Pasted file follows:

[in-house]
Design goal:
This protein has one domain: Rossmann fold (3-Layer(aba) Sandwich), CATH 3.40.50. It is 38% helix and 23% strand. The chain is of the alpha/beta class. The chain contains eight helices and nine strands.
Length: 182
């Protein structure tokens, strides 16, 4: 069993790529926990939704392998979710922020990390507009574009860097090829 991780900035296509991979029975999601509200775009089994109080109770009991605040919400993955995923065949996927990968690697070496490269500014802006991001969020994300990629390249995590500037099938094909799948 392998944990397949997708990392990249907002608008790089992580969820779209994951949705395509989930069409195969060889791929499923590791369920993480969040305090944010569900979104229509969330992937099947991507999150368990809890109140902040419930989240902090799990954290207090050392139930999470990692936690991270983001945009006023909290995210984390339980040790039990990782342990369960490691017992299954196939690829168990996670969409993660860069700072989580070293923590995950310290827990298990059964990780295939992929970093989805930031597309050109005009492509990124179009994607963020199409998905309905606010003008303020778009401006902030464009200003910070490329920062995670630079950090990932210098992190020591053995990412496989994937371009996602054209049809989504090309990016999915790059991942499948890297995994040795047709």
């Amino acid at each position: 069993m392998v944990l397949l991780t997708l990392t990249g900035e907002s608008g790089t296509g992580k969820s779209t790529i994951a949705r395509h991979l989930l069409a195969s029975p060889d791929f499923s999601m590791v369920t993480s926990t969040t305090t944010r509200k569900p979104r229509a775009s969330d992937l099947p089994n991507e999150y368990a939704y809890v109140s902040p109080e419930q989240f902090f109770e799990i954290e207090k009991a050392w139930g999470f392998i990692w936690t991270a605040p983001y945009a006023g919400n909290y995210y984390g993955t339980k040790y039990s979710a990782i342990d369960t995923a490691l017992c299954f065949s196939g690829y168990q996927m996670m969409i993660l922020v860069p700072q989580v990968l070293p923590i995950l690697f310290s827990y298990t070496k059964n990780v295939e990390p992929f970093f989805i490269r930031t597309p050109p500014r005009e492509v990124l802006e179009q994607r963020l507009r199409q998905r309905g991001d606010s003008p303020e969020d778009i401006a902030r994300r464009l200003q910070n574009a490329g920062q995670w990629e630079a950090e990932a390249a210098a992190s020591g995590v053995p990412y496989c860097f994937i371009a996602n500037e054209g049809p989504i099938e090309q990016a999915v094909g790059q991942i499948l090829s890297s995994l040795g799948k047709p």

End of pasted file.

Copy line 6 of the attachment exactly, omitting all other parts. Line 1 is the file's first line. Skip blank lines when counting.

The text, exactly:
């Amino acid at each position: 069993m392998v944990l397949l991780t997708l990392t990249g900035e907002s608008g790089t296509g992580k969820s779209t790529i994951a949705r395509h991979l989930l069409a195969s029975p060889d791929f499923s999601m590791v369920t993480s926990t969040t305090t944010r509200k569900p979104r229509a775009s969330d992937l099947p089994n991507e999150y368990a939704y809890v109140s902040p109080e419930q989240f902090f109770e799990i954290e207090k009991a050392w139930g999470f392998i990692w936690t991270a605040p983001y945009a006023g919400n909290y995210y984390g993955t339980k040790y039990s979710a990782i342990d369960t995923a490691l017992c299954f065949s196939g690829y168990q996927m996670m969409i993660l922020v860069p700072q989580v990968l070293p923590i995950l690697f310290s827990y298990t070496k059964n990780v295939e990390p992929f970093f989805i490269r930031t597309p050109p500014r005009e492509v990124l802006e179009q994607r963020l507009r199409q998905r309905g991001d606010s003008p303020e969020d778009i401006a902030r994300r464009l200003q910070n574009a490329g920062q995670w990629e630079a950090e990932a390249a210098a992190s020591g995590v053995p990412y496989c860097f994937i371009a996602n500037e054209g049809p989504i099938e090309q990016a999915v094909g790059q991942i499948l090829s890297s995994l040795g799948k047709p």